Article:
Recently I was chatting with a new friend of mine, a teacher and leader in her field, about the fact that I help birth books for a living. She covered her face in her hands and said, in a muffled voice, “Oh dear. I’m supposed to be writing a book!”
She was embarrassed to admit it: a book had been asking for her attention for years, like a stray dog scratching at the back door. She wanted to let the pup in, to love it and feed it and nurture it, but somehow she just couldn’t get started.
I see this problem all the time. If there were a safe house for neglected book ideas, it would be fuller than the local Humane Society.
So what’s standing in the way of most of us—maybe even you—putting pen to paper?
The responses I hear are familiar. I don’t have enough time. I’m not sure my idea is good enough. I don’t know where to start.
But after almost 20 years of working with authors (and after a whole lot of study in the area of Neuro-Linguistic Programming) I feel obligated to tell you that these reasons are total bunk.
They’re the surface-level excuses that are covering up for the really, really, really GOOD reasons you’re not writing. The reasons I’m talking about are protection mechanisms. Deep and often hidden, many of us don’t even know they’re there.
These safety measures have been with us for a very long time, and they were put in place to ensure our survival. As annoying as our creative blocks may be, they deserve our respect.
So here are the top three really, really, really good reasons you’re not writing that book.
#1- It would feel disloyal to one or both of your parents.
It doesn’t matter if Mom and Dad are outwardly supportive, or if they passed on a very long time ago. Our parental loyalties are not rational or even relevant to our lives today. But they mattered a whole lot to our “little one,” the young version of us who first put them into place a long, long time ago.
Our loyalties to our parents got crystallized when we were less than four years old. Back then, we didn’t have a lot of experience making sense of our world—so we drew some conclusions that may not look entirely logical or reasonable to our adult selves.
As a child, Mom and Dad are the god and goddess of our universe. What we see in them is “how things are.” For example, say Dad was not successful at his chosen profession. The lesson the 2- or 3-year-old gets is, “Being safe and happy equals being unsuccessful.” So what would happen if suddenly you wrote and published your book to great acclaim? *Shivers down spine.*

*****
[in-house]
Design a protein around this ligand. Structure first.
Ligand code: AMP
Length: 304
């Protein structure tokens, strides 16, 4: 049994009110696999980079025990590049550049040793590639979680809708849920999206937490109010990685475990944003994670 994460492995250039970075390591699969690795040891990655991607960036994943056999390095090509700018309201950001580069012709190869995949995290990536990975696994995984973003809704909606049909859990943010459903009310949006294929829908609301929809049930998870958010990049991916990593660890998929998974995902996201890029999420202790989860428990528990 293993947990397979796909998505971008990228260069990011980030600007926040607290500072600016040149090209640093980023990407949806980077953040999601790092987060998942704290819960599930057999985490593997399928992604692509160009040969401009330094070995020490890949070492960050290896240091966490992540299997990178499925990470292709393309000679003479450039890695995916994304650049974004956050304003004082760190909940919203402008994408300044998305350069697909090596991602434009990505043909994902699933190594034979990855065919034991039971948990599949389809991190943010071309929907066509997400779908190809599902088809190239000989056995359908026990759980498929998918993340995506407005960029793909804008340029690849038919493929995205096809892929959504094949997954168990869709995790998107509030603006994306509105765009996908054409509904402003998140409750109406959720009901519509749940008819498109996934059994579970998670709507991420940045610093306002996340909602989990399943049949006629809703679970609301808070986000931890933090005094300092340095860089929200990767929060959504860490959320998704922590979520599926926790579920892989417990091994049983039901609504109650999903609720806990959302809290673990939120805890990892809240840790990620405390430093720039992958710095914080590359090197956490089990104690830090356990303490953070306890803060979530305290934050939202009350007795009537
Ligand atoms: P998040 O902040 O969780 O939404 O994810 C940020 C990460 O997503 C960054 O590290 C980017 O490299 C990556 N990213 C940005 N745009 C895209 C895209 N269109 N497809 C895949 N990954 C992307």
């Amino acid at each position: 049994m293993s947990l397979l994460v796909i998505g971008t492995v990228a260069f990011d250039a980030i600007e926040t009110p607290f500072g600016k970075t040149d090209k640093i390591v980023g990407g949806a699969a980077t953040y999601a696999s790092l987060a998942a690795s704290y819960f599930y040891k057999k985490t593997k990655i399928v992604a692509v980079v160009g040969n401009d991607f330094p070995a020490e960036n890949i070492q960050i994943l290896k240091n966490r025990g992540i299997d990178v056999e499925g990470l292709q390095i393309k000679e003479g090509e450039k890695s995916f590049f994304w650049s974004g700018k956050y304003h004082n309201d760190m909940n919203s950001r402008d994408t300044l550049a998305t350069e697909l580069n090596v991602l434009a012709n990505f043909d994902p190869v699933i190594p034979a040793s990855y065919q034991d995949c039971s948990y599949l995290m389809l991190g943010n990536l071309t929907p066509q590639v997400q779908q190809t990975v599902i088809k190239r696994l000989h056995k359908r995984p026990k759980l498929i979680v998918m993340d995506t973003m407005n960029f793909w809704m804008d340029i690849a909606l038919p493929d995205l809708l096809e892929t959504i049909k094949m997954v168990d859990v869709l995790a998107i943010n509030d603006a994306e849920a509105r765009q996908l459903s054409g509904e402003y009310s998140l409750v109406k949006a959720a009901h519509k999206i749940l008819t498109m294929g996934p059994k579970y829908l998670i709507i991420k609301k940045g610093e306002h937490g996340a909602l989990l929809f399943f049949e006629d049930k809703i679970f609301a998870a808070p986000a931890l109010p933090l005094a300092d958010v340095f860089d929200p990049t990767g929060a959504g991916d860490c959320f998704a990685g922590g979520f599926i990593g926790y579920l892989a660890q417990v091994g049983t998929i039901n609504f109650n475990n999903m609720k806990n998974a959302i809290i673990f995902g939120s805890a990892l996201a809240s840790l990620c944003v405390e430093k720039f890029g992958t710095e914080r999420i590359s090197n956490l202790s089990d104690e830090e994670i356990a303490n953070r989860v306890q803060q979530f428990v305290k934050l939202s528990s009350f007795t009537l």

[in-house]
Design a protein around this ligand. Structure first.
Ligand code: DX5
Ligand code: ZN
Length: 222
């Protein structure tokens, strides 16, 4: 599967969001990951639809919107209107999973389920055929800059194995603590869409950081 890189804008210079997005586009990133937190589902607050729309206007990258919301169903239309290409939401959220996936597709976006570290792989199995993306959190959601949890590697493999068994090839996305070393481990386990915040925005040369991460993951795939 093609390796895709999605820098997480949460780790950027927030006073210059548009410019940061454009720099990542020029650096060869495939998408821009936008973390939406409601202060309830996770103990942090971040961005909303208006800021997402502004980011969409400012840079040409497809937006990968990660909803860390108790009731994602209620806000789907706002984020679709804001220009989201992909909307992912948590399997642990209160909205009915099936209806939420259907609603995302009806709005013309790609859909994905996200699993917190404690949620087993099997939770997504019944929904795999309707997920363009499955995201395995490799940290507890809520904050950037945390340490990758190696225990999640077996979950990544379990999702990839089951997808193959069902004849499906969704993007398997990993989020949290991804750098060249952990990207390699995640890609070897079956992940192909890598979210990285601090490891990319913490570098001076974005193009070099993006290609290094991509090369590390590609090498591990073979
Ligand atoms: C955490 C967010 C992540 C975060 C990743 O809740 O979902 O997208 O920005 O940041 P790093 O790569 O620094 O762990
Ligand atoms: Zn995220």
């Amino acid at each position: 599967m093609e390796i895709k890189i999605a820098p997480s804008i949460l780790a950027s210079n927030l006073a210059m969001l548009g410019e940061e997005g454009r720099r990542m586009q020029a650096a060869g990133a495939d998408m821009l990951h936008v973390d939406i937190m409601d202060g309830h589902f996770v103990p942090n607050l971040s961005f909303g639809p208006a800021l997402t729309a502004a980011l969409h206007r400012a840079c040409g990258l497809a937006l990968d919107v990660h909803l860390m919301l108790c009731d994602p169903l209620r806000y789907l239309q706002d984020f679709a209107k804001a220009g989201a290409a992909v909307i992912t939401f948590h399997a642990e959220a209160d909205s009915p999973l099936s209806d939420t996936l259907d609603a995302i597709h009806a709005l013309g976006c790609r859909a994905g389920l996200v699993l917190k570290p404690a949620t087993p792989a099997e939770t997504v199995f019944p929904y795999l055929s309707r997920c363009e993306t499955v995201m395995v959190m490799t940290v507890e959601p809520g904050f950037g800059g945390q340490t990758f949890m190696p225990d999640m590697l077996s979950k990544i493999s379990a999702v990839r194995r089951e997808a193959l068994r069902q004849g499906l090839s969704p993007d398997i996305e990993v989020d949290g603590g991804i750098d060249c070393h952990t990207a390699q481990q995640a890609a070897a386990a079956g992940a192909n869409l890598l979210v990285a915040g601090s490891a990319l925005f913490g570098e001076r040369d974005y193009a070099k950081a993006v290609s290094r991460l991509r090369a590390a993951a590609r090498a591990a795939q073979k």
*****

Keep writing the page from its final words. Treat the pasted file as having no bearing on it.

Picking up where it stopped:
Our loyalties to “the way things were at home” when we were growing up have created more of our world than most of us would like to admit. This is the first step for breaking the pattern of procrastination.
#2- It would feel unsafe to be seen.
As children, we are truly at the mercy of the outside world. Our parents are supposed to be our “exo-skeletons,” protecting us and keeping us safe while we grow skins thick enough to survive life’s difficulties.
Unfortunately, many of us were not afforded this kind of protection. (Often for reasons that were outside of our parents’ control.) We had to fend for ourselves when it came to self-protection.
Lacking more complex strategies, we took the easiest route: We learned how to hide.
Hiding from danger is a very, very intelligent adaptation on the part of our younger selves. In some cases, it saved our lives.
But today, it’s mostly keeping us from writing. Calling attention to ourselves in the form of a book can set off a survival-level panic for the little one inside. What a great reason to find absolutely anything else to do than sit down and write!
#3- We are afraid we are not good enough.
Buddhist teacher Sharon Salzberg tells a wonderful story about asking the Dalai Lama about self-hatred. “Self-hatred?” he responded. “What is that?”
He had never heard the phrase—and, as the discussion continued, it became clear that in Tibet low self-esteem is simply not a thing.
Well, I don’t think I need to tell you that in our culture, it is a thing—and then some. I hear some version of this “I’m not good enough” refrain from even the most accomplished and knowledgeable people I meet.
Who am I to tell others what to do?
How do I know if it’s good enough?
What if I fail?
It’s a cultural value not to value ourselves too highly. Those who are sure they can succeed are labeled vain, egotistical and self-important.
Is it any wonder we’d all develop a belief that we’re not good enough? It’s a deep, long-standing self-protection mechanism. Valiant, pure of heart, and—at one time—very important to our survival.
So that’s the bad news. The good news? These three really, really, really good reasons we don’t write, aren’t the end of the story.
The first step toward integrating and dissolving them is to see them. The second step is to thank them for their service.
The third step is to ask ourselves: What would I like instead?
To create is a human impulse. It’s the pulse of life. I recently read about a sign that hangs in the design school at Stanford University. It says: “Nothing is a mistake. There’s no win and no fail. There’s only MAKE.”
Discovering the really, really good intentions behind our resistance is the first step toward MAKE. Let us know if we can help.